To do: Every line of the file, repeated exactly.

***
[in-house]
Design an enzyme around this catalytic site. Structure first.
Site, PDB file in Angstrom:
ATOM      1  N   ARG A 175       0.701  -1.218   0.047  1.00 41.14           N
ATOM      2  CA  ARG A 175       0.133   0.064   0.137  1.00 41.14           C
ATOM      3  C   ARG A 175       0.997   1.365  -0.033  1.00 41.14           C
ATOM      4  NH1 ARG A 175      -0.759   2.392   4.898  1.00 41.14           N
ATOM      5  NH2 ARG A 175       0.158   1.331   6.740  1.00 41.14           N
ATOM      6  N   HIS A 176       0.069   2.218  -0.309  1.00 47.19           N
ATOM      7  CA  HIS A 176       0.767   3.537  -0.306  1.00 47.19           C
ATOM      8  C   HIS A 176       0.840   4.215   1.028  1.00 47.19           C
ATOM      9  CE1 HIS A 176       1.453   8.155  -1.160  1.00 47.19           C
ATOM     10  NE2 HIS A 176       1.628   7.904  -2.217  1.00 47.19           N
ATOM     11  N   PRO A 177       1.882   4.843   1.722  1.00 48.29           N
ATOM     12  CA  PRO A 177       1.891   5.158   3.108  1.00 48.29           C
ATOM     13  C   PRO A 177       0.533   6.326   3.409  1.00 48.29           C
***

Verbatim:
[in-house]
Design an enzyme around this catalytic site. Structure first.
Site, PDB file in Angstrom:
ATOM      1  N   ARG A 175       0.701  -1.218   0.047  1.00 41.14           N
ATOM      2  CA  ARG A 175       0.133   0.064   0.137  1.00 41.14           C
ATOM      3  C   ARG A 175       0.997   1.365  -0.033  1.00 41.14           C
ATOM      4  NH1 ARG A 175      -0.759   2.392   4.898  1.00 41.14           N
ATOM      5  NH2 ARG A 175       0.158   1.331   6.740  1.00 41.14           N
ATOM      6  N   HIS A 176       0.069   2.218  -0.309  1.00 47.19           N
ATOM      7  CA  HIS A 176       0.767   3.537  -0.306  1.00 47.19           C
ATOM      8  C   HIS A 176       0.840   4.215   1.028  1.00 47.19           C
ATOM      9  CE1 HIS A 176       1.453   8.155  -1.160  1.00 47.19           C
ATOM     10  NE2 HIS A 176       1.628   7.904  -2.217  1.00 47.19           N
ATOM     11  N   PRO A 177       1.882   4.843   1.722  1.00 48.29           N
ATOM     12  CA  PRO A 177       1.891   5.158   3.108  1.00 48.29           C
ATOM     13  C   PRO A 177       0.533   6.326   3.409  1.00 48.29           C